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Marc Lasry: Making Great Wealth from Taking Risks

Wednesday, October 19, 2016 11:48
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“Get no joy, except a superficial joy, out of winning. Get no sadness, except a superficial sadness, out of losing. Get to the point where it must almost be an act on your part to be joyful or to be sad – and not the opposite, as it is with most traders. Always remember that your joy and sadness come from and with the most meaningful aspects of your life – family, friends, acts of giving and loving and creating. Not trading.” – Andy Jordan (Source:

Name: Marc Lasry
Nationality: Moroccan, American
Age: 56
Occupation: Investor, fund manager, co-owner of Milwaukee Bucks

Marc was born in Morocco. His family moved to the U.S. when he was 7 years old. His dad was a computer programmer and his mom was a teacher.

He got his B.A from Clark University in 1981; plus a J.D. from New York Law School in 1984. He worked as a clerk while in law school. He then worked at Angel & Frankel, following his graduation.

In 1989, he and his sister, Sonia Gardner, founded Amroc Investments. Amroc Investments was founded with $100 million, purchasing and trading claims and bank debt held by vendors of bankrupt and/or distressed companies. In 1995, they founded Avenue Capital Group, investing $7 million of their own capital. His sister had often worked with him.

Their hedge fund grew to be as much as $11 billion in AUM. Marc was ranked one of the 25 highest-earning hedge fund managers in 2013, with total earnings of $280 million.

He became a co-owner of the NBA’s Milwaukee Bucks after purchasing the team from Herb Kohl for $550 million. That was April 2014.

Marc lives in New York, USA. Being a generous giver, he’s donated to science, education and politics. He’s a lover of basketball, tennis and comics.

As of September 2015, he was worth $1.9 billion. He’s married to Cathy Cohen – they got 5 children.

What You Need to Know:
1. Marc was blessed to have a sister who supported him and worked along with him. Concerning this, Marc revealed that he with his sister Sonia Gardner, was a forerunner to Avenue Capital Group. It was just the two of them and a secretary when they started – they were both working 14-hour days, 7 days a week. They slowly built one of the largest private distressed debt brokerage firms that existed at the time, and expanded Amroc to more than 50 employees. At the same time, for five years, they also ran their own money, just his sister and him. What can you learn here? I became a trader because my uncle called me many years ago, asking me to go learn trading because it was popular then. Today, I’m grateful that he advised me to do this. Sometimes, a piece of advice may be worth more than millions of dollars.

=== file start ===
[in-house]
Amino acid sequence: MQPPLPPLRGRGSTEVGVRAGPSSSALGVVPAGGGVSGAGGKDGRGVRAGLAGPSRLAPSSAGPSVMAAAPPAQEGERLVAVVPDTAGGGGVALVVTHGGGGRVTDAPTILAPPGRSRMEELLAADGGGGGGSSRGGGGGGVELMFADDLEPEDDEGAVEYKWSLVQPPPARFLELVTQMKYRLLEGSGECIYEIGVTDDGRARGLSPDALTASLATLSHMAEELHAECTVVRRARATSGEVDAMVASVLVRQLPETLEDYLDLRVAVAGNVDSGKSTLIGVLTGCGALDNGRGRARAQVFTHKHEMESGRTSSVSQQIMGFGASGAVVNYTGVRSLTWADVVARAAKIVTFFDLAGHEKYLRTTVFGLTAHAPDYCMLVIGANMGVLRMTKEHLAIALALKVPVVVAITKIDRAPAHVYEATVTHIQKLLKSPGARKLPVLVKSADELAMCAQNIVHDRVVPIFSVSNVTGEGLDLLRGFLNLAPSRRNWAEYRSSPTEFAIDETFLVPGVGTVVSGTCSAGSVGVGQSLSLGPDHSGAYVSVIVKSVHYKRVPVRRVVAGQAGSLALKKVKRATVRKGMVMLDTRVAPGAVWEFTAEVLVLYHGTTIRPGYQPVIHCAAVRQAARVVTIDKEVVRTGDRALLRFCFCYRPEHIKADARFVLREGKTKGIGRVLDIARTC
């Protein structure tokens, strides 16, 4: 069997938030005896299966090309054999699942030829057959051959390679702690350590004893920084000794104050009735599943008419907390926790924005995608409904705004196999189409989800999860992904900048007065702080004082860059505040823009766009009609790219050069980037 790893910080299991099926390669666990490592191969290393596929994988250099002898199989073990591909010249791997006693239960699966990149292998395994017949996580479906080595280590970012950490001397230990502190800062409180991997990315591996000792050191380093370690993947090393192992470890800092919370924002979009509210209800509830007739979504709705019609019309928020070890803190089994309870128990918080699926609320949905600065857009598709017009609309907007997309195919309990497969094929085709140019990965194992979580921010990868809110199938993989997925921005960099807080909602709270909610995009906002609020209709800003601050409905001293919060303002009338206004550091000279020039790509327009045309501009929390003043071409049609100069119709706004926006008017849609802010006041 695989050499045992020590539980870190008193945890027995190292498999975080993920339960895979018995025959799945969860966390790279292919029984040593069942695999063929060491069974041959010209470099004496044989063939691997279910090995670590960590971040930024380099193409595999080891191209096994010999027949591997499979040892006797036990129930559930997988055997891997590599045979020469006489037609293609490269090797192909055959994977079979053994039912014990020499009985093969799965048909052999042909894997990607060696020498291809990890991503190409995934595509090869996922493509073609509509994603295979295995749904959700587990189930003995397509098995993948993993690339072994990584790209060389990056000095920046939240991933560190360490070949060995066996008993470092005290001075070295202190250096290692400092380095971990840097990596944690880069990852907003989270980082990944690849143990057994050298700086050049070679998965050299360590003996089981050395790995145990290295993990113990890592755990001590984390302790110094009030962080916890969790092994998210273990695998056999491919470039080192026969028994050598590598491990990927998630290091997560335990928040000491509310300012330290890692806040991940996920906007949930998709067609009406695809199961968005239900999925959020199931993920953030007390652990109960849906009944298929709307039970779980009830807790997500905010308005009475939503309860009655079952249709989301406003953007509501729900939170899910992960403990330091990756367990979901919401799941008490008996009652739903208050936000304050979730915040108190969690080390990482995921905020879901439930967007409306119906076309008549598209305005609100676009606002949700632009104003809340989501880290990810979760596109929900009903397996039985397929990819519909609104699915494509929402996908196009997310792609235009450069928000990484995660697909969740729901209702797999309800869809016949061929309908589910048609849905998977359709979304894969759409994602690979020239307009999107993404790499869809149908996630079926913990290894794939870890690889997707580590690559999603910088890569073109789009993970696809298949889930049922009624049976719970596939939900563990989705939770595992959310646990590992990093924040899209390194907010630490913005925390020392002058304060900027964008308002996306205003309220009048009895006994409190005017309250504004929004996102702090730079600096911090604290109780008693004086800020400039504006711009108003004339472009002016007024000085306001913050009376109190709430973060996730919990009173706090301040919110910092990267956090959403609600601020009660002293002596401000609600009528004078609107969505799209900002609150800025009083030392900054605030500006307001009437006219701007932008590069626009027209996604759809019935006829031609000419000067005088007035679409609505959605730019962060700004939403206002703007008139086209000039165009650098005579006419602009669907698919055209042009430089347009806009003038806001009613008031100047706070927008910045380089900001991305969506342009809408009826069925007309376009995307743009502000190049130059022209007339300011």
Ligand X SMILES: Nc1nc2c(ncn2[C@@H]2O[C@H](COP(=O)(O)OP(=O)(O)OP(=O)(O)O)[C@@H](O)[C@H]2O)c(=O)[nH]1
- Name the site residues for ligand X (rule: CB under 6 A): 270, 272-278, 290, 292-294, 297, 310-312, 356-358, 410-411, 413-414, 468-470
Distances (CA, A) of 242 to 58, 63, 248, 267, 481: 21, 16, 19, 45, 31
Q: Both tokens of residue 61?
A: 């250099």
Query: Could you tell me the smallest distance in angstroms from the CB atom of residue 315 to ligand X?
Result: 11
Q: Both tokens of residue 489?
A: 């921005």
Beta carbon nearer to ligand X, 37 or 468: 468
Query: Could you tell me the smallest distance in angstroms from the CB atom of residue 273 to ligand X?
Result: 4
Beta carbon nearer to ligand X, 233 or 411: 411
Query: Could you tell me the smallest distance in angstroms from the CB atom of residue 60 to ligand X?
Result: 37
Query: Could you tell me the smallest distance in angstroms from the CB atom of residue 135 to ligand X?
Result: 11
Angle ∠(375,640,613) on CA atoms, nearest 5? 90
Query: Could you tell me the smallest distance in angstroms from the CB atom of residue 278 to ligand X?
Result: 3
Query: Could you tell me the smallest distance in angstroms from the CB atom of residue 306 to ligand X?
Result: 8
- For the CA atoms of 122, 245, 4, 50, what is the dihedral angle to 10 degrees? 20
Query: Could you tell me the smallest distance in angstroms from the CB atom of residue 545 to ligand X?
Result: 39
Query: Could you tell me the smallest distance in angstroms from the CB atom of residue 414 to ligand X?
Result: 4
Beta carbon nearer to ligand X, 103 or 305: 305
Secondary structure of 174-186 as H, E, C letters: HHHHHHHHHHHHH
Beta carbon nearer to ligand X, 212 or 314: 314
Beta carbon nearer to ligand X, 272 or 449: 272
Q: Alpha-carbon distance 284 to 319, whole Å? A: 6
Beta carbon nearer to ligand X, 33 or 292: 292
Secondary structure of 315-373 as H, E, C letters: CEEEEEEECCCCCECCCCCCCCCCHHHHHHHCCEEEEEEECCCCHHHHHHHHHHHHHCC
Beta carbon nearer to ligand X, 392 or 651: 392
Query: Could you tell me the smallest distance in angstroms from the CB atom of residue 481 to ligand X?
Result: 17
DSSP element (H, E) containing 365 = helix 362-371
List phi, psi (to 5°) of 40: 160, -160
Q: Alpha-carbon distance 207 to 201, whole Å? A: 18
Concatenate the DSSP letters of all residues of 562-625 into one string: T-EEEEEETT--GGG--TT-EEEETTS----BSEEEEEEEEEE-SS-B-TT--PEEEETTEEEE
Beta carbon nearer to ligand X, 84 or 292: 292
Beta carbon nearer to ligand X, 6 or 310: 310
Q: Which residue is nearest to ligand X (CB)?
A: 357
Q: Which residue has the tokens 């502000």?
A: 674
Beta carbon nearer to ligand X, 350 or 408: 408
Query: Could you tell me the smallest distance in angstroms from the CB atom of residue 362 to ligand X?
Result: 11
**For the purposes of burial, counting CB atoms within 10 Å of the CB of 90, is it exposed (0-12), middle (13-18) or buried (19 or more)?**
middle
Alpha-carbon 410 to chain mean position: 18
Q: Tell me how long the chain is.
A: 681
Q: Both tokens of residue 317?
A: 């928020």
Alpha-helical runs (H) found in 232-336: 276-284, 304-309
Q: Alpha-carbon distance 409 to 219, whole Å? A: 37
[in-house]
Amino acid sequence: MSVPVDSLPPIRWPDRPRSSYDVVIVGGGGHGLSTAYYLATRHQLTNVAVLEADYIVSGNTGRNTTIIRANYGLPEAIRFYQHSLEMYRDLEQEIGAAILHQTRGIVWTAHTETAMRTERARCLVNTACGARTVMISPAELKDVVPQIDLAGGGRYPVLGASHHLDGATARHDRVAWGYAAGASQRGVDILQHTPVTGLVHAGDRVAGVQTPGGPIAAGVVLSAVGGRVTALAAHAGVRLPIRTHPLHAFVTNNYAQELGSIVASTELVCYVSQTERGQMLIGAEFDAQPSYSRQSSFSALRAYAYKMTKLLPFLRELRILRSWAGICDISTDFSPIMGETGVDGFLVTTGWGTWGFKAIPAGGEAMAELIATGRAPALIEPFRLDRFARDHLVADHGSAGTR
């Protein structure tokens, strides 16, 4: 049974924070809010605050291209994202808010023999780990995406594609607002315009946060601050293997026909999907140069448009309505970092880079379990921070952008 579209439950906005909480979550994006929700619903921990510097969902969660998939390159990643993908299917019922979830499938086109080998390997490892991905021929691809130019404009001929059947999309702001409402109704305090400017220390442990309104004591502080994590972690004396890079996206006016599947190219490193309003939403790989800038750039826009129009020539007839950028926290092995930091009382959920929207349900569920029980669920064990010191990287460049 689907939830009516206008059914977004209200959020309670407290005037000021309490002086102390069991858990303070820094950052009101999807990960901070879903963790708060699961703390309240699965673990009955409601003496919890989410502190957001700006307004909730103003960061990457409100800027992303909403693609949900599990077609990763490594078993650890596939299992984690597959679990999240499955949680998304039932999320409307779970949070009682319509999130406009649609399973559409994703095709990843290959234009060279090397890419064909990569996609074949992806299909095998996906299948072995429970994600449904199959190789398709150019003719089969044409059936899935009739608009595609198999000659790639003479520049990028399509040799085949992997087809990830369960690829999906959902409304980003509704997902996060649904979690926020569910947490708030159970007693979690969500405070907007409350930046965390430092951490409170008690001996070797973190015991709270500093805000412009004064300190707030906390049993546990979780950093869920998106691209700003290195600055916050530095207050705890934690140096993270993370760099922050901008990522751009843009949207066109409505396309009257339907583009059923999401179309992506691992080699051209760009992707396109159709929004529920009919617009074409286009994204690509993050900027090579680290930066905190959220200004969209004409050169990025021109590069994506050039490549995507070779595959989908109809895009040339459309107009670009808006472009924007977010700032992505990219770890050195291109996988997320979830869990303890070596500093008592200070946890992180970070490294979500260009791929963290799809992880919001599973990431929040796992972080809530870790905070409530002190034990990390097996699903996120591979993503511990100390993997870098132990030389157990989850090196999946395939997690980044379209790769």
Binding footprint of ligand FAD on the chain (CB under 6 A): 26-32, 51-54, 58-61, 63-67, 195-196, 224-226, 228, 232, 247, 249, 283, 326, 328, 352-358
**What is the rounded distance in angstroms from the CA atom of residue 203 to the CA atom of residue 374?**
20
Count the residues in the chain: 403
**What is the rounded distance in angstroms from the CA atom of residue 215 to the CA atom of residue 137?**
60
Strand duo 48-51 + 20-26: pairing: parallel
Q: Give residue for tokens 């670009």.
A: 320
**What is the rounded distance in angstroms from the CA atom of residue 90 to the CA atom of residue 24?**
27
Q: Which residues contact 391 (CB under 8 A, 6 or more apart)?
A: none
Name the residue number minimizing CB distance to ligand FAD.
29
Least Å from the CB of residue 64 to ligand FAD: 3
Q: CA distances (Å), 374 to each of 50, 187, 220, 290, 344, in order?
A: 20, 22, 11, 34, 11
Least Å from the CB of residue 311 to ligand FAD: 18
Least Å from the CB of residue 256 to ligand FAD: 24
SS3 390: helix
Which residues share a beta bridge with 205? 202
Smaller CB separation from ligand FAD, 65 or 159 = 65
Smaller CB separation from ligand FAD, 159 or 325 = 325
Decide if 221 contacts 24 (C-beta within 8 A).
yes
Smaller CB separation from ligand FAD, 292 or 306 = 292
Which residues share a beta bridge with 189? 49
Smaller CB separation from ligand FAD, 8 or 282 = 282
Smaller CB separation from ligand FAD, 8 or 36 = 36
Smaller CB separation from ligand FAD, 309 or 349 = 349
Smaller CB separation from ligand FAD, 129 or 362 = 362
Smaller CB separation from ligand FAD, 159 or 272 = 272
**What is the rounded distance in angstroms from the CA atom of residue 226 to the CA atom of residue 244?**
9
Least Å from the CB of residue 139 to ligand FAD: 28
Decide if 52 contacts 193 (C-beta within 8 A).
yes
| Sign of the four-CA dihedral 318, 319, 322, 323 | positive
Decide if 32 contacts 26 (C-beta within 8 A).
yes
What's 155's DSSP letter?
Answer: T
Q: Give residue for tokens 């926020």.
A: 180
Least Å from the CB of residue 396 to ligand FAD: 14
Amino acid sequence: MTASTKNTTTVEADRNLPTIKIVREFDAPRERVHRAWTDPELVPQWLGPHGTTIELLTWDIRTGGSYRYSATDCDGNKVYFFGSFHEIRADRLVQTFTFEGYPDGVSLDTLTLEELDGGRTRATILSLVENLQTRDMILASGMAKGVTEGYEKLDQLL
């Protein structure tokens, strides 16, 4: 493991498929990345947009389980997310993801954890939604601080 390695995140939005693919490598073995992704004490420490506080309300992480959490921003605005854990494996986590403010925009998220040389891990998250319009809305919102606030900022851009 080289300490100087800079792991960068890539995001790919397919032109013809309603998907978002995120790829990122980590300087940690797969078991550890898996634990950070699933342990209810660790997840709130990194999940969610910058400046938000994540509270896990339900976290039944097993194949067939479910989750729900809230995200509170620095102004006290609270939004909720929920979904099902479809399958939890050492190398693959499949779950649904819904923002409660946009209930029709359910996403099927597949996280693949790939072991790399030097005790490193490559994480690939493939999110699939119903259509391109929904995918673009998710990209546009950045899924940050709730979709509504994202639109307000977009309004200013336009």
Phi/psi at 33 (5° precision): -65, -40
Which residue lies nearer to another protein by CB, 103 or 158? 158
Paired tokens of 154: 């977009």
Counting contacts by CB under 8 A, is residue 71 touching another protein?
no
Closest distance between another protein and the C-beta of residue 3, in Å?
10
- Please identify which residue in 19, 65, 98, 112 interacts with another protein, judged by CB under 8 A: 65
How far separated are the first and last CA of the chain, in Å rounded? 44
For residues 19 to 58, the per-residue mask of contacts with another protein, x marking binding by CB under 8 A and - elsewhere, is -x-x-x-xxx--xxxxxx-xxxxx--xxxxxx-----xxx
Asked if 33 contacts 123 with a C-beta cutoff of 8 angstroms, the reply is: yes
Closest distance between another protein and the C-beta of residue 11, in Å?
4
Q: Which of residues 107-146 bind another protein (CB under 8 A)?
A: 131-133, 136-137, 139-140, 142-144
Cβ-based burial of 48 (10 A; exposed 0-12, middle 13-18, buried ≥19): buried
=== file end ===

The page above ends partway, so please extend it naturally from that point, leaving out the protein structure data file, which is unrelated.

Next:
2. When you work with, or along with professionals, your life is easier. For example, Elon Musk surrounds himself with professionals and that’s one of the reasons why he appears to know much. Surround yourself with professionals, even work with them, and the results would be satisfactory. Marc met exceptionally smart guys at Bass: David Bonderman, Jim Coulter, Tom Barrack, and many others. It was a phenomenal period, and he quickly realized he was dealing with guys who were off-the-wall smart and really good guys – nice, smart people.

3. Marc looks at himself as a value investor. Trying to constantly find mispriced investments and add value in a situation. For him, investing means having conviction in your work and companies where you invest, even when the Street has written them off.

4. There’s no need to be concerned about how good a setup is, but we want to be concerned about how we can be protected in case things go wrong.

5. Good traders make profits because they view trading, price, etc. differently than what most people see. When the market reacts in panic, the public know. However, good traders analyze the scenario, assess the pitfalls and take actions.

6. No-one is too big to fail. No trader can avoid losses. No-one is immune from risk. Everybody can make it in life.

7. When you leave what you think is the best job for you, you might discover trading to be better. You won’t regret being a trader.

8. Marc says, “We are constantly searching, trying to find value, typically in troubled companies. And then we try to buy those assets at a discount. In contrast, most investors try to find companies that have no problems. And, when companies have problems, people get nervous. We look at the world very differently than most investors.”

Conclusion: There are many advanced traders who focus on the process of trading instead of money. They approach trading as if approaching sports (and like martial arts). They know they should approach trading as experts tackle opponents in matches. We tend to think illogically when we trade, which isn’t a normal mindset for traders.

This article is ended with another quote from Marc:

“People think we got to $20 billion overnight, but it wasn’t as easy as it seems. We had the background. We had good returns. We had the infrastructure, and we had good people. And, importantly, we had high-quality, stable, long-term investors that allowed us to raise money in a difficult fundraising environment. We were also lucky that we were in the right place at the right time.”


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